"The Lottery" by Shirley Jackson is a deceptively simple story about a small town community that holds an annual lottery. Naturally, what makes the plot less simple is the way the story ends with one of the townspeople being stoned as a result of "winning" the lottery. A deeper look at the story reveals that the story is about tradition. Although tradition is often considered to be something positive, in "The Lottery," tradition is something undesirable and even deadly. Jackson uses imagery and symbolism to show that unquestioning adherence to tradition can be dangerous. The black box, perhaps the most ominous of Jackson's symbols, reveals the villagers' unquestioning attitude towards the tradition of the lottery. She describes the box as "growing shabbier every year" (565), showing that many years has passed since the lottery's initiation. The box is also "splintered badly along one side to show the original wood color, and in some places faded or stained" (566). By describing the box's growing decrepitude, Jackson is using the box to symbolize how the original tradition has lost its original meaning over the years and yet how this tradition is still not questioned. The use of the word "stained" also implies that the tradition is more than simply old but also that its integrity has been compromised. Even though Mr. Summers, the villager responsible for conducting the lottery, often suggests having a new box, "no one liked to upset even as much tradition as was represented by the black box" (565). This shows that the box, falling apart and damaged like the tradition itself, still is supported by the villagers, who do not want to change or challenge the tradition of the lottery.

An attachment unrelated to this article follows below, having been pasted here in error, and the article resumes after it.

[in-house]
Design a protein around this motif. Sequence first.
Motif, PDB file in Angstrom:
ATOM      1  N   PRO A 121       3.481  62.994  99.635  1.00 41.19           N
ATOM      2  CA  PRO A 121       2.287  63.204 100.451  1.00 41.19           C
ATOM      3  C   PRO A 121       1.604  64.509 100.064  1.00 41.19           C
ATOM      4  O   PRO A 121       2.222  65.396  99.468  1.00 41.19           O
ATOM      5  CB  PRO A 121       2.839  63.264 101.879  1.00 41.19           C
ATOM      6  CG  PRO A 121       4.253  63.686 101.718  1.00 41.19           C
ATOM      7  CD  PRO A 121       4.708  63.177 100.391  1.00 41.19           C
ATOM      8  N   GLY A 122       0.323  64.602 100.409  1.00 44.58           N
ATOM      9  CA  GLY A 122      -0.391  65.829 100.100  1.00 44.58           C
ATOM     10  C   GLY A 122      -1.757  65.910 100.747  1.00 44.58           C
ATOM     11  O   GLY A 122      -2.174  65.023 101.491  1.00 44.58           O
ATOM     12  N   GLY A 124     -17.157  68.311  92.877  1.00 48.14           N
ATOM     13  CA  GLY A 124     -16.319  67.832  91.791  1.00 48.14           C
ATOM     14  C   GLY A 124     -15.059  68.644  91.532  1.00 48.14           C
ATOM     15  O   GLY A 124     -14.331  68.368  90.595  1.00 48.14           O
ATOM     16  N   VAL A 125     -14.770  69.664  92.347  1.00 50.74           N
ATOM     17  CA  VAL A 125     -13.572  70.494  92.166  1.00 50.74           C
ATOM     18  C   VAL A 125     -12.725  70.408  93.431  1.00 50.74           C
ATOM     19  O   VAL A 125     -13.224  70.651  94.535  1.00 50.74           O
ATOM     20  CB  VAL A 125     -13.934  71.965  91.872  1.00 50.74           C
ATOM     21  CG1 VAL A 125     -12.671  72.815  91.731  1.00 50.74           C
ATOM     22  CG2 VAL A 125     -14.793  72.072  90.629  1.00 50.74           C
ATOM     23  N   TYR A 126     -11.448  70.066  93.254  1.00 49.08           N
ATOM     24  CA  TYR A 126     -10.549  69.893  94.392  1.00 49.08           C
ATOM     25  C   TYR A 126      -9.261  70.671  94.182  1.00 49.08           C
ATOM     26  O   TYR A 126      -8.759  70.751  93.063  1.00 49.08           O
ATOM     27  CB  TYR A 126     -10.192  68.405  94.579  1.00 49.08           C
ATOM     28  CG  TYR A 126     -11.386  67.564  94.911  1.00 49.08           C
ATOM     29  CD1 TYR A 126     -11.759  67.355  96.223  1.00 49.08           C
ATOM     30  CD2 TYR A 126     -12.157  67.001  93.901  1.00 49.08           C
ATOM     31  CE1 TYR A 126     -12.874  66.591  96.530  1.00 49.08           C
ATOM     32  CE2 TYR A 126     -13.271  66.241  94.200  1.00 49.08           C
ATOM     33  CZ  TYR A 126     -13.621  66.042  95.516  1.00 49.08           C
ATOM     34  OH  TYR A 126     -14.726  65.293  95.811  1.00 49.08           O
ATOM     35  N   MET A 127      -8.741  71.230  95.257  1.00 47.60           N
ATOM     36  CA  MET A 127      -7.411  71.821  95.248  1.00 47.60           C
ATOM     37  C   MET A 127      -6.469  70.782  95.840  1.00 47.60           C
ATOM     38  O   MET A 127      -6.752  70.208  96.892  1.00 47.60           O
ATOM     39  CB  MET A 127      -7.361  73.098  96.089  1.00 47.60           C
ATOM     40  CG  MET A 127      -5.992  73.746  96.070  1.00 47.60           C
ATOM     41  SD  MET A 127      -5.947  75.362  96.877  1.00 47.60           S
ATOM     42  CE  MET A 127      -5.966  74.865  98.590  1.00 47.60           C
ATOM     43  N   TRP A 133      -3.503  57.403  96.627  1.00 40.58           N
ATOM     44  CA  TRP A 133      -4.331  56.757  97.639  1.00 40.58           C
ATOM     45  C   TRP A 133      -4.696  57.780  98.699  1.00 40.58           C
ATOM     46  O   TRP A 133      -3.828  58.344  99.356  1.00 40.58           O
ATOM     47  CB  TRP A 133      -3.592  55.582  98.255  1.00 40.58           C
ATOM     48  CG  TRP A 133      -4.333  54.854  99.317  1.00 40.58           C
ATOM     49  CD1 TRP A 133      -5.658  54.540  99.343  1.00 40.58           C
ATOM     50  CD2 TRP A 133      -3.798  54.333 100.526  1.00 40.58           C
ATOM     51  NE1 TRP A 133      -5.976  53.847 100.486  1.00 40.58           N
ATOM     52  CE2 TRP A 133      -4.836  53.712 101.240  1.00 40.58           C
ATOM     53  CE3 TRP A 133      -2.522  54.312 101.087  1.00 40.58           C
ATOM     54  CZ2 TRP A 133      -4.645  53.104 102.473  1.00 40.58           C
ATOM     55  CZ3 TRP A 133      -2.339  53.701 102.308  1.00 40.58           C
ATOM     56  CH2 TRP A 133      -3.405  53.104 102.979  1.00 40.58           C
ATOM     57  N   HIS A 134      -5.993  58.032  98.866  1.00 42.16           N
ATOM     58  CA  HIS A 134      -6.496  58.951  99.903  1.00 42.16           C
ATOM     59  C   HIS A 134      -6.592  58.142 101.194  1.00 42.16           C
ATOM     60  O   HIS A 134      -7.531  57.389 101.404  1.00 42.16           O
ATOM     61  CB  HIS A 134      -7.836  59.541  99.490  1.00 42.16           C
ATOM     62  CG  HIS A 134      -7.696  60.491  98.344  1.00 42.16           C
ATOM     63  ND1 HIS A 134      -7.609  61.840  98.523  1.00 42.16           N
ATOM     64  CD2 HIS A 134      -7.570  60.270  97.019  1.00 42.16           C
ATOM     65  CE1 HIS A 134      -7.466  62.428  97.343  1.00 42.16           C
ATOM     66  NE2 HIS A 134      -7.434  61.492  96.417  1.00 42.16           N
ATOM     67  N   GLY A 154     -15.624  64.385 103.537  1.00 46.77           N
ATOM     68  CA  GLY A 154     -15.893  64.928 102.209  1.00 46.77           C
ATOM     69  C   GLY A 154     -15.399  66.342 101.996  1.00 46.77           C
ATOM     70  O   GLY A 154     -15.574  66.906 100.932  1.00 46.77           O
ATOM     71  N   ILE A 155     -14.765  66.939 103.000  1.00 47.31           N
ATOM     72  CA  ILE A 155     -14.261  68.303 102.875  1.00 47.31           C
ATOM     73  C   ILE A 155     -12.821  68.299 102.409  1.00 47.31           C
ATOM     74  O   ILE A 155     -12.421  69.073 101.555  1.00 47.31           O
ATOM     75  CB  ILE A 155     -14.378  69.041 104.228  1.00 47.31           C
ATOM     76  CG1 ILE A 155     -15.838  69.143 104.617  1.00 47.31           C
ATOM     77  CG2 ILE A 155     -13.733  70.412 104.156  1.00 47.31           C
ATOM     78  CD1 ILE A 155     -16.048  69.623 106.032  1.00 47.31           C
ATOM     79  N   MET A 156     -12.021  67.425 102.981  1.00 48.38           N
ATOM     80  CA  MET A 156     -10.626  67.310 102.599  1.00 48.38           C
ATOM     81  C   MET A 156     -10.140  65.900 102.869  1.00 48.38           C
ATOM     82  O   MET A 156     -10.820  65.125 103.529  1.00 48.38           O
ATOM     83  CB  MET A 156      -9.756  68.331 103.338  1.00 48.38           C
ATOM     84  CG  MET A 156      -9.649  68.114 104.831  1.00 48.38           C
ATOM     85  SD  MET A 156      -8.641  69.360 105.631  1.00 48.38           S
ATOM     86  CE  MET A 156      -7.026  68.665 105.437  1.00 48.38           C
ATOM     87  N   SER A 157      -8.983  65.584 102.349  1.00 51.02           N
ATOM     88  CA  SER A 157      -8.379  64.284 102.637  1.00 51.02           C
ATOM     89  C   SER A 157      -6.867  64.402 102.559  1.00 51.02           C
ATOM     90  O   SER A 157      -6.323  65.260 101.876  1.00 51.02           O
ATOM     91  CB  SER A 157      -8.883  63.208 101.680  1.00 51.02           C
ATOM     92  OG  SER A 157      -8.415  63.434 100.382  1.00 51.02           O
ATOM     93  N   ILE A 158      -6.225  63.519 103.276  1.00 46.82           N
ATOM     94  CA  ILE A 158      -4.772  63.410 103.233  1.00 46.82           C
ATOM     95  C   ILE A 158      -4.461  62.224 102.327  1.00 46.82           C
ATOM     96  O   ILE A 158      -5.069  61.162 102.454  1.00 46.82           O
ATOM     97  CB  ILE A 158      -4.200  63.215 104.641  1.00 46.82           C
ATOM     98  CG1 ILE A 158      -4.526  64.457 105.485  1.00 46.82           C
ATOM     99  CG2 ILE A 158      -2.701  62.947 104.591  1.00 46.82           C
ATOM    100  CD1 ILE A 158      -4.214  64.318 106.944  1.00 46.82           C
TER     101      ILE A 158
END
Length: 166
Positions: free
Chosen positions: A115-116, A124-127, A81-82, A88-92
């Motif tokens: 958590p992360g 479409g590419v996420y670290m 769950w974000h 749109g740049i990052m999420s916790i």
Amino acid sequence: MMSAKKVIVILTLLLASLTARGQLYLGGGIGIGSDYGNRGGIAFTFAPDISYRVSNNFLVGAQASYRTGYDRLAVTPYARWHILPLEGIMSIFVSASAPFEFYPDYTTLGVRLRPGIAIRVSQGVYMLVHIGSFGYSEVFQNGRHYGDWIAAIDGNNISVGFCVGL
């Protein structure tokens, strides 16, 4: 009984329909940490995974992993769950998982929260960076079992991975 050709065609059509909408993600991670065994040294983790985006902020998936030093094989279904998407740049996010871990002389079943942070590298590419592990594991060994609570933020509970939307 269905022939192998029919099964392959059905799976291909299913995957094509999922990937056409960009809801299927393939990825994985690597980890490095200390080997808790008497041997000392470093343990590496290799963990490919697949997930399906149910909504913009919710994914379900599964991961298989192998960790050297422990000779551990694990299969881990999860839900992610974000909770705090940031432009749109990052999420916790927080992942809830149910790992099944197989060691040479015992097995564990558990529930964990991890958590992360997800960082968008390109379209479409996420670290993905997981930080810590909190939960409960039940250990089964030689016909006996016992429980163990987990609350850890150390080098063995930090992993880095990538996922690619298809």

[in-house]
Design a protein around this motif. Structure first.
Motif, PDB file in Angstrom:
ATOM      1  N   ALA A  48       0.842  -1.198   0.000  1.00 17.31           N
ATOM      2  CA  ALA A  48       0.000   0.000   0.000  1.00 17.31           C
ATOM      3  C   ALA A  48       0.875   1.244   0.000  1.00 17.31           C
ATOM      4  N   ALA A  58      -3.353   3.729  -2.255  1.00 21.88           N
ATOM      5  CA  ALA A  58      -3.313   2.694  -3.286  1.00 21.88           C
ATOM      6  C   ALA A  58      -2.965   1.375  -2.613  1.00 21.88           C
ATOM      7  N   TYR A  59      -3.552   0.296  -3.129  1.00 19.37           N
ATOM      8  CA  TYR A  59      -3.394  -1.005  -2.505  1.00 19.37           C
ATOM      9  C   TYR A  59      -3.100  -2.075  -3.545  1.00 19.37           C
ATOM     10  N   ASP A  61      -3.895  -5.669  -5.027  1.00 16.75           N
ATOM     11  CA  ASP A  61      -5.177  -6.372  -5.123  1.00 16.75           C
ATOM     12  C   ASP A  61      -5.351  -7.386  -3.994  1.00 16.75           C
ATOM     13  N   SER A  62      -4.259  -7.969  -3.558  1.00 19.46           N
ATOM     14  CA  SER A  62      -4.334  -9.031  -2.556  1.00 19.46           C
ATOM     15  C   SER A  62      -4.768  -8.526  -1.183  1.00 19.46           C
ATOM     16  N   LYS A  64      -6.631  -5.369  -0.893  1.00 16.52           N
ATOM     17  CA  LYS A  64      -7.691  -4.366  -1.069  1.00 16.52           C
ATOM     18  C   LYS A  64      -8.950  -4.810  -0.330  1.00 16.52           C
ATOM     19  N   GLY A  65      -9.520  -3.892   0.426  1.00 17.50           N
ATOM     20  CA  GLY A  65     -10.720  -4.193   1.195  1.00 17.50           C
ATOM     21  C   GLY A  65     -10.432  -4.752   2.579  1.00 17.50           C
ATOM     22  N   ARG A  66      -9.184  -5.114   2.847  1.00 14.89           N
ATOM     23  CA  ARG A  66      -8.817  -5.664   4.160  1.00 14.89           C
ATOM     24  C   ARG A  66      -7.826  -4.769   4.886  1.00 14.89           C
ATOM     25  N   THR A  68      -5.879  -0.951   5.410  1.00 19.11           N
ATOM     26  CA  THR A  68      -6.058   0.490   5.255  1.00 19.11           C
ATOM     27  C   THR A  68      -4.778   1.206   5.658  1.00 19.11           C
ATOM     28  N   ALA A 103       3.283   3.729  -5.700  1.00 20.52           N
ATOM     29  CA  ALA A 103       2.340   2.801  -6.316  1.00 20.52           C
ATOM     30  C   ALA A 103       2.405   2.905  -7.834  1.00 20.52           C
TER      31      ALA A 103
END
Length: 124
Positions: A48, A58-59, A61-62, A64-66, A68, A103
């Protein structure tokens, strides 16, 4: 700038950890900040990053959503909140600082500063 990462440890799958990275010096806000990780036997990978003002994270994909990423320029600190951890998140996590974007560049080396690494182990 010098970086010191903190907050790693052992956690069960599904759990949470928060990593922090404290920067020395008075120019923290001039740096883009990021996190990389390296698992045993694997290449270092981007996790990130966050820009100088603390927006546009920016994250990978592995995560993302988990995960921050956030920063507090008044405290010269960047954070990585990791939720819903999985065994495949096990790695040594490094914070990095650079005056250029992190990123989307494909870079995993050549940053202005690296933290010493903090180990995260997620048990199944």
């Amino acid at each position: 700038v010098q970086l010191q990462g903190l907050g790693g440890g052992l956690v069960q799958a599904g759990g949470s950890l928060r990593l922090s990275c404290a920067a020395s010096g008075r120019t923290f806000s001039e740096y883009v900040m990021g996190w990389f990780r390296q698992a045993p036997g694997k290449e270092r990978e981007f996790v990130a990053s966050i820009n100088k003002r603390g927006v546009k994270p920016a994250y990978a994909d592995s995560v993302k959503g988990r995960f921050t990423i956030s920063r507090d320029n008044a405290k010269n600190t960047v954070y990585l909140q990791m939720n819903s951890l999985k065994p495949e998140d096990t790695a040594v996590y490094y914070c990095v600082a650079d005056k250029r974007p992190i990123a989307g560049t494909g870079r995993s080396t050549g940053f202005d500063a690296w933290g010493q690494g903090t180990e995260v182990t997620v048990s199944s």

What change there is to the lottery seems to be minimal, and Jackson uses the slips of paper to symbolize that change itself without serious critical thinking is just as damaging as no change at all.